It’s within my grasp to toy with her. Torment her as she has tormented me. To hold out hope before her, just to snatch it away. I burn to do it; she’d deserve it. Instead, I cradle her face with my hand—I can be tender. I can be gentle.

His narrative is sometimes confusing, but always poetic and beautiful.

The Relationships: The romance in this book is very light, but what stands out in this book are the relationships of all the characters. Everyone in this book is realistic. There is not a single person who is a trope. They feel like real people, real parents who suffer, real friends going through the struggles of a relationship. Just enough elements of other characters in the story is included without feeling like the book was going off track. I liked seeing glimpses of Willa's interactions with her friends, her deliberations about them and their future. It makes the characters feel closer to me, it makes me understand them more.

“I’m not stupid. Three thousand miles apart is too much.”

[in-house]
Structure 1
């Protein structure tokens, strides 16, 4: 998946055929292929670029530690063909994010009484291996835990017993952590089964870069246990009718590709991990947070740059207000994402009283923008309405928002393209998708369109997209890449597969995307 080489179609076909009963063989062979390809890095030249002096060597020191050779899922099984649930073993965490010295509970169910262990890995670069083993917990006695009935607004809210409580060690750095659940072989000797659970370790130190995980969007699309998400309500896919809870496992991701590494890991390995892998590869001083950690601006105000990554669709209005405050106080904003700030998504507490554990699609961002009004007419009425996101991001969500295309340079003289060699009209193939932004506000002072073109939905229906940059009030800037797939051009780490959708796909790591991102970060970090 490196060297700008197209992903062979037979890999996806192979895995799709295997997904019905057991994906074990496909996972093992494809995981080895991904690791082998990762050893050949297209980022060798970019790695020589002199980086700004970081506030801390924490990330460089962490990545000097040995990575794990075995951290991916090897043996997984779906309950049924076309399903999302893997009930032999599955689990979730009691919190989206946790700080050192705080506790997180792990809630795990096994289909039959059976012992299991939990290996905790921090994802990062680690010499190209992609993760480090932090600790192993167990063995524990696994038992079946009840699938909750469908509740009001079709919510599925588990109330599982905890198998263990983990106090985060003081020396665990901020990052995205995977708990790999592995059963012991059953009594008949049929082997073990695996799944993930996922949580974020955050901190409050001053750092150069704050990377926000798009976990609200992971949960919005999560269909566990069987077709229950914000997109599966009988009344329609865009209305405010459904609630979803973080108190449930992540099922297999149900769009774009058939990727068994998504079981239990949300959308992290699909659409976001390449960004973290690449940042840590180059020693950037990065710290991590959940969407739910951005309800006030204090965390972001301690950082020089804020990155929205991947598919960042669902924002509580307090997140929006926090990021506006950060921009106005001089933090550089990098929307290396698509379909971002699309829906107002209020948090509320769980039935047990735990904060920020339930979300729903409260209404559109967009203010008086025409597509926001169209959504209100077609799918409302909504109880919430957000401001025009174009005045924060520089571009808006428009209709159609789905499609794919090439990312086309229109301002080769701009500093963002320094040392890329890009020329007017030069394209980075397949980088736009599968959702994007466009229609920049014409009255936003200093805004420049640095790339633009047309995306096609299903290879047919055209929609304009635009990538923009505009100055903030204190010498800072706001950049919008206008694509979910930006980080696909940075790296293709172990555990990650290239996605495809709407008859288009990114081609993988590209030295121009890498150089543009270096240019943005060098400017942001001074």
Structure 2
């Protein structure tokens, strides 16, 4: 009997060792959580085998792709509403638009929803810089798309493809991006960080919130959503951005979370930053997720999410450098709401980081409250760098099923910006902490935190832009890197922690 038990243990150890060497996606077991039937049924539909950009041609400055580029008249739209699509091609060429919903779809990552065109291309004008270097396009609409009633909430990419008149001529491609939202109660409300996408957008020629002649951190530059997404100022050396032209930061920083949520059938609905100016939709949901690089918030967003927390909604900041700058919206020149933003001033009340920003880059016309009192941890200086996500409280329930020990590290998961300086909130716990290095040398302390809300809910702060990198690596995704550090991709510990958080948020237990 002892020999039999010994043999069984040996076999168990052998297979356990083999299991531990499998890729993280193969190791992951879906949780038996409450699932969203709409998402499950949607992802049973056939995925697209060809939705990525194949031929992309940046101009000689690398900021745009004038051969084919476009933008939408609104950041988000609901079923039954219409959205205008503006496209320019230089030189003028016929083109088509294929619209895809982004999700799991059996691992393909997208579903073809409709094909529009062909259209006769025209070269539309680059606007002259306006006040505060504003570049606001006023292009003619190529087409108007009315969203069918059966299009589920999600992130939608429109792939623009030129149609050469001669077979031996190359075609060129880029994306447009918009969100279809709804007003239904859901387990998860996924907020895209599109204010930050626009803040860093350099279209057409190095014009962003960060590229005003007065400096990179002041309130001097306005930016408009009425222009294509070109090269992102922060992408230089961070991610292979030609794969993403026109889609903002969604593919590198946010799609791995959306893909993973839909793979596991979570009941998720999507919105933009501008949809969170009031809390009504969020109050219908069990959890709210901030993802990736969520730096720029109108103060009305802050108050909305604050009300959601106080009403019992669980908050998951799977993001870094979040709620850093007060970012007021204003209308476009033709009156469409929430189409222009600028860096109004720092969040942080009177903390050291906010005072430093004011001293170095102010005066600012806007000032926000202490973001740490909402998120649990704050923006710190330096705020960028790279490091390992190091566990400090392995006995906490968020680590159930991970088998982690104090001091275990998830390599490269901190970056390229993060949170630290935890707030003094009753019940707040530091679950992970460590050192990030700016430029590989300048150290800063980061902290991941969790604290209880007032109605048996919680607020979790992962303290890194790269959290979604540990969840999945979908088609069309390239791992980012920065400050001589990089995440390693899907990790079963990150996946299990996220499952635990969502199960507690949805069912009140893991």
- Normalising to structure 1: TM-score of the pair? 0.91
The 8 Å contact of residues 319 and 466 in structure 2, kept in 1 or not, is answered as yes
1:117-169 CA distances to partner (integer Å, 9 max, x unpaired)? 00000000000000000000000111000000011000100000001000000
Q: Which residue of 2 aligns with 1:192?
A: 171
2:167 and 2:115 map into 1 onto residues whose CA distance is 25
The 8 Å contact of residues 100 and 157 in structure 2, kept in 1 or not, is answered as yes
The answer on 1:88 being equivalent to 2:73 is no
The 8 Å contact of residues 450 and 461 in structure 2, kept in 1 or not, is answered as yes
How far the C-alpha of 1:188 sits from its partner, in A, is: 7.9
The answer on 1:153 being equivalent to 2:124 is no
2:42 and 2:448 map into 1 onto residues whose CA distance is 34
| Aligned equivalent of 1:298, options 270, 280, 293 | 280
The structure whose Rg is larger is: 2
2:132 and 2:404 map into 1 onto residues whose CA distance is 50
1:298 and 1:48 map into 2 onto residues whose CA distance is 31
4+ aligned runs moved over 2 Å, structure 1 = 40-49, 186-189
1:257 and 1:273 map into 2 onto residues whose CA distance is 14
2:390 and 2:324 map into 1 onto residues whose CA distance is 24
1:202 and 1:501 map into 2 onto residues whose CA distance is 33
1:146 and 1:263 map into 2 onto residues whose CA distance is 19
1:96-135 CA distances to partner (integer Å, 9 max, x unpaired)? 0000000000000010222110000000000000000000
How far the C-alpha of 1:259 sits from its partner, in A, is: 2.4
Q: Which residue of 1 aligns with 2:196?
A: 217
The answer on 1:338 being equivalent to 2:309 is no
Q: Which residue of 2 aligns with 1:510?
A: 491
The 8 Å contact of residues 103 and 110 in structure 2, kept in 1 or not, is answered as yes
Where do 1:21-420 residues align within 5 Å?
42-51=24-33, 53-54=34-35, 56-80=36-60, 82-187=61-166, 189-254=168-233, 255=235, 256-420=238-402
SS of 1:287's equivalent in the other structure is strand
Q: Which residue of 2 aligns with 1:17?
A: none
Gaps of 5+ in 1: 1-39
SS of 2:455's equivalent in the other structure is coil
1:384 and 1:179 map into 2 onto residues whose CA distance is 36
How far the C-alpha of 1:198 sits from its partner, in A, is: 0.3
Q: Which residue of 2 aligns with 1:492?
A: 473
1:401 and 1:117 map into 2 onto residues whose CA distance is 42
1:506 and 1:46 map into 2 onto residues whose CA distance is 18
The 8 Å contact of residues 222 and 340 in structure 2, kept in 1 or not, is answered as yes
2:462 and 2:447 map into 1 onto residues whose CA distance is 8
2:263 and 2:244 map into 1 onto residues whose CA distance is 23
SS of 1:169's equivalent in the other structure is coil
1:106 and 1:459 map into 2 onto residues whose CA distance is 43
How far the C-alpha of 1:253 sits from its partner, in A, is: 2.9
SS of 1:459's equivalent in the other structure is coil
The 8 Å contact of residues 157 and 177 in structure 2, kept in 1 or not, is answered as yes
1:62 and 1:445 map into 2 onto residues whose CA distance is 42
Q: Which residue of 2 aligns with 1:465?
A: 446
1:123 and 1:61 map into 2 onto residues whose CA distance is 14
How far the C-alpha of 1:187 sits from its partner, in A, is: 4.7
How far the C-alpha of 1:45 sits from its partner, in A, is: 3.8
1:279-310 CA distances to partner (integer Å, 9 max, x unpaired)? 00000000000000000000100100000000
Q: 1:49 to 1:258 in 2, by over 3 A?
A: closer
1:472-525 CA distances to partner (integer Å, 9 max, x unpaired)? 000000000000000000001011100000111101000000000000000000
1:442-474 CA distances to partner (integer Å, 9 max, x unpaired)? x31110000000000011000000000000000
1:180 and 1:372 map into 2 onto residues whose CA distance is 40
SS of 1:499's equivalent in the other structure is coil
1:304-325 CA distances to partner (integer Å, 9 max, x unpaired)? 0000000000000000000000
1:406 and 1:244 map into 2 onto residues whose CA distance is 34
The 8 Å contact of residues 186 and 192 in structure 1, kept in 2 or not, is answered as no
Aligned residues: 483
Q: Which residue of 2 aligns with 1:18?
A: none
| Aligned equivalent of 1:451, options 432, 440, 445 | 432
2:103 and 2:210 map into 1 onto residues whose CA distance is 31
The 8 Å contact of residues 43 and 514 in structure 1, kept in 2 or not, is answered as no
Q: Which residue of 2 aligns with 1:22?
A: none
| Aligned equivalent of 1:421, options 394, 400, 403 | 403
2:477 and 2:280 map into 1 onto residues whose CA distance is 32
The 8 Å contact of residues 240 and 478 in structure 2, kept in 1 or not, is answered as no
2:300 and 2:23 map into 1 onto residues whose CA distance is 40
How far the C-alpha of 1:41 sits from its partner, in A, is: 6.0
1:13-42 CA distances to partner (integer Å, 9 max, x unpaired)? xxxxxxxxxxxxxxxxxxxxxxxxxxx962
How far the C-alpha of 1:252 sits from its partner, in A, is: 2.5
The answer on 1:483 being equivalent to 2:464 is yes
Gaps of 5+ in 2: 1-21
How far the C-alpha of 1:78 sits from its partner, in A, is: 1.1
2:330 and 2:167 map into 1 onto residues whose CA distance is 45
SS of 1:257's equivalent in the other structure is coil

“That’s a year and a half away, though.”
“It’s an expiration date.”
Uselessly hopeful, I said, “Maybe she won’t get in.”
Bailey paid that about as much attention as it deserved: none. Waving her hand, she said, “I can’t...It’s like saying, okay, I’ll love you for exactly this long, but then it stops.”

There is a lesbian best friend who is portrayed without any stereotype whatsoever. There is a sympathetic boyfriend who makes mistakes, but is not a bad guy. There is a girl who is a jerk, but she is, too, a human being. Not perfect, not a demon in whore heels...just...human.

She looked thoughtful. Or sorry. Something sympathetic, and it dragged a cold touch along the nape of my neck. That wasn’t the face of the girl who’d spat at my feet or gone riding with my boyfriend.

The characters in this book were just wonderfully written.

This is a slow-paced book, and I don't know if it's for everyone. It is light on the paranormal, but the characters are so wonderfully written and psychologically complex. The writing is beautiful, and it is free of any YA tropes. Recommended.